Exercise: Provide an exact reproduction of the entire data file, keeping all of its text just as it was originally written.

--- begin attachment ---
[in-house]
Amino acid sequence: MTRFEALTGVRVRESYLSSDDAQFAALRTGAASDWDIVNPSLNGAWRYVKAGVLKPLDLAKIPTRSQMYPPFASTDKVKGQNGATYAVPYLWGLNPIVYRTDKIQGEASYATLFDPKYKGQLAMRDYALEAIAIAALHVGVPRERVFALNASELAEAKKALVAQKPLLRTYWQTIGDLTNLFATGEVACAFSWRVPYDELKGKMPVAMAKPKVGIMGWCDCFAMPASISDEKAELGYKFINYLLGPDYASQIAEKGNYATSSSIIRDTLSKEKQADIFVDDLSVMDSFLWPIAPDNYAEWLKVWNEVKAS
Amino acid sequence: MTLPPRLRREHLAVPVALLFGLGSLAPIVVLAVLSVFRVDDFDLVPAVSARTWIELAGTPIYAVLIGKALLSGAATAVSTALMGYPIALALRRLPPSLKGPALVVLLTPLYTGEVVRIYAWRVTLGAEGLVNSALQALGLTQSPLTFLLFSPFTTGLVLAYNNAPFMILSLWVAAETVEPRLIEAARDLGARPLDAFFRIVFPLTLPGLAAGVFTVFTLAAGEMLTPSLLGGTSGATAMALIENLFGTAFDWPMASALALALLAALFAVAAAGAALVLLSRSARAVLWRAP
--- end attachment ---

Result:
[in-house]
Amino acid sequence: MTRFEALTGVRVRESYLSSDDAQFAALRTGAASDWDIVNPSLNGAWRYVKAGVLKPLDLAKIPTRSQMYPPFASTDKVKGQNGATYAVPYLWGLNPIVYRTDKIQGEASYATLFDPKYKGQLAMRDYALEAIAIAALHVGVPRERVFALNASELAEAKKALVAQKPLLRTYWQTIGDLTNLFATGEVACAFSWRVPYDELKGKMPVAMAKPKVGIMGWCDCFAMPASISDEKAELGYKFINYLLGPDYASQIAEKGNYATSSSIIRDTLSKEKQADIFVDDLSVMDSFLWPIAPDNYAEWLKVWNEVKAS
Amino acid sequence: MTLPPRLRREHLAVPVALLFGLGSLAPIVVLAVLSVFRVDDFDLVPAVSARTWIELAGTPIYAVLIGKALLSGAATAVSTALMGYPIALALRRLPPSLKGPALVVLLTPLYTGEVVRIYAWRVTLGAEGLVNSALQALGLTQSPLTFLLFSPFTTGLVLAYNNAPFMILSLWVAAETVEPRLIEAARDLGARPLDAFFRIVFPLTLPGLAAGVFTVFTLAAGEMLTPSLLGGTSGATAMALIENLFGTAFDWPMASALALALLAALFAVAAAGAALVLLSRSARAVLWRAP